You started your business because you love the trade you specialize in—not because you love managing a ridiculous schedule. Between vendors, established clients, prospective leads, service providers like accountants, and even your own internal team, scheduling can be a nightmare.
Scheduling software—whether it's appointment booking or meeting scheduling—removes a lot of this friction, but you need to know how to make the most of it. Here's why scheduling software is a must-have and how you can do more with it.
Once you've selected a scheduling app, here are 4 scheduling automation workflows to make meetings and bookings easier.
You can automate a time-consuming and repetitive task
Speaking from experience, it can take anywhere from four to ten exchanged emails discussing time zones, availability, and the length of calls just to set up a single meeting. This is inherently frustrating and time-consuming when it's done at scale, and it only becomes more complicated when I need to get on a call with multiple people at once who all have unique schedules.
Scheduling software prevents this. You pass along a link with your availability pre-filled, and they can find a time that works for them to book.
Any internal discussion about "no, that doesn't work for me, what about Tuesday?" happens without you, because they already know when you're free.
As an enormous added benefit, this puts you in control of how long a meeting lasts. People often want extra time on free consultation calls with me, for example, but when they book, they explicitly agree to a predetermined time frame that I set. Only want 15-minute calls? It's your prerogative to set it up that way, and the ball is in your court. If you try to schedule over email or let the other person set up the meeting, that might not be the case.
You can have a more standard schedule
One thing I loved about scheduling software was that it pushed me to automate my schedule. I'd leave an hour or two open several days a week, which could be used for impromptu meetings or scheduled calls. And if the calls didn't end up being booked, that was just more time for me to work on other stuff.
For example, Acuity Scheduling allows you to set hours of availability in blocks, with built-in features to override hours for specific days or to keep regular hours.
If you're worried about being overscheduled, you can also set up scheduling limits. If you want to accept appointments until fully booked, you can, but you can also ensure that you have a max number of calls or hours of calls per day if you choose.
These kinds of appointment scheduling features help you keep your schedule consistent without you needing to be on top of it all 24/7.
The software handles the details and the follow-up
Some scheduling tools, like Calendly, have features in place to handle every part of call scheduling, including sending the details and the follow-up messages to the person who booked the appointment with you.
Automatically creating a unique Google Meet or Zoom link for new calls and sending it to both parties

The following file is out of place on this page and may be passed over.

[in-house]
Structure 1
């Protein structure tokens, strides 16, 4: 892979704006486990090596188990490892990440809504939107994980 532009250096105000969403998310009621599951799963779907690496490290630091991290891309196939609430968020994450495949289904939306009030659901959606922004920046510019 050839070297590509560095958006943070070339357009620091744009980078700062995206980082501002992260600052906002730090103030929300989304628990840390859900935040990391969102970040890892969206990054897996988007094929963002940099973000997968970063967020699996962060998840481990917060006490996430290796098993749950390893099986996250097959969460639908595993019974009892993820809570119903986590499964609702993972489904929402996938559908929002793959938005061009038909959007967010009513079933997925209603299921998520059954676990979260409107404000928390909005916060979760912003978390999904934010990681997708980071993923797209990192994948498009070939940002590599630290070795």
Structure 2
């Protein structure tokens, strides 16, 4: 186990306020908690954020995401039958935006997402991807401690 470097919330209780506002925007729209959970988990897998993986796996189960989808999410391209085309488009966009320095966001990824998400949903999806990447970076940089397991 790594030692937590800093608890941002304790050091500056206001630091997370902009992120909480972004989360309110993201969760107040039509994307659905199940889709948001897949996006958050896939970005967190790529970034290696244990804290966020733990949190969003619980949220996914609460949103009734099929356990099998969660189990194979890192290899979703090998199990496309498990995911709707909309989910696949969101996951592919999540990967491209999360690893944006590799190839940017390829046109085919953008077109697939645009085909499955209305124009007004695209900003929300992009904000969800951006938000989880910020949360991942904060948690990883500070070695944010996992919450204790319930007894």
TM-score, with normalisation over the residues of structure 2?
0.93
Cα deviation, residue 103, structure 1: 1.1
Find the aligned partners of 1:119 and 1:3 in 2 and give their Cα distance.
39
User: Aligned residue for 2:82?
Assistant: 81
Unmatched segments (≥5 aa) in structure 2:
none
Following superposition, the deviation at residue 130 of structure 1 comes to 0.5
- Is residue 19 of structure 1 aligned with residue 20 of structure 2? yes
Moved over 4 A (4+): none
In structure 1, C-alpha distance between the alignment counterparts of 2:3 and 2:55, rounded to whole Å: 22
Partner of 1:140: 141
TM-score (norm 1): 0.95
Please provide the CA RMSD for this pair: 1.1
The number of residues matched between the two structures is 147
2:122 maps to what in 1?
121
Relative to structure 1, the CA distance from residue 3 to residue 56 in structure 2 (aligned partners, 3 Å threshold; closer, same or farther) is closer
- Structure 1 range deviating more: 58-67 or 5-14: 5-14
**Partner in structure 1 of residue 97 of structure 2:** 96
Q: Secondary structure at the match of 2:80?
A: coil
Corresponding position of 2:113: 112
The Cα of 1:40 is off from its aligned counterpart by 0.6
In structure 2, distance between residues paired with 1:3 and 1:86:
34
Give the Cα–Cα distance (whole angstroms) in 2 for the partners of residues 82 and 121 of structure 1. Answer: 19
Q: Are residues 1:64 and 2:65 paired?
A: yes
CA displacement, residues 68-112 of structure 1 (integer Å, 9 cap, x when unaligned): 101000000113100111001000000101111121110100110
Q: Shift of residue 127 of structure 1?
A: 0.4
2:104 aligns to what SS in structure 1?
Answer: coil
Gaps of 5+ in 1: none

Confirming the appointment through email
Sending a reminder email to both parties before the call takes place
Requiring payment upon appointment booking so you don't need to send a separate invoice
And, if the user decides to cancel or reschedule, all of that happens automatically and frees up the slot for others to snatch up later. The details can be pushed to your Google (or other) calendar, too, so you aren't waiting on an appointment that won't come.
It looks professional
When you're using scheduling software, it shows that you're taking your business seriously—and that you're in demand. For small businesses who are trying to establish themselves and start out with a great first impression, scheduling software can make a difference.
One way to boost this impression is to have your scheduling software embedded on your website, allowing people to book you easily without filling out a contact form first. Most scheduling software will have a spot for people to leave a note saying what the meeting is about, so it ends up killing two birds with one stone.
How to get the most out of your scheduling software
As you make scheduling and appointment booking software part of your business workflows, keep the following best practices in mind:
Choose the right tool. Make sure the tool you choose is right for your business. For example, if you need to accept payments for appointments, you'll need a heftier tool. But don't discount the apps you already use, like Google Calendar, if you just want the basics.
Consider setting up automatic limits to your schedule. The ability to say that I'm free from 12 to 3 but only want to take a total of four fifteen-minute calls in a single day is a huge advantage. It gives clients flexibility in choosing time while still preventing me from being overwhelmed or running late if a call runs over.
Pick a tool that offers integrations. Zapier integrates with a number of scheduling tools, letting you connect your scheduling software to the other apps you use most. That way, you can do things like sending automatic follow-up emails, adding new contacts to your CRM, and more.
Consider where you want to embed your scheduling tool. Many tools allow you to embed a scheduling app on your site or within an email. If you don't want it to be that public, you can just send out a link when a qualified lead gets in touch.
While meetings themselves are time-consuming, having scheduling software in place can mean that the appointment booking process doesn't have to be.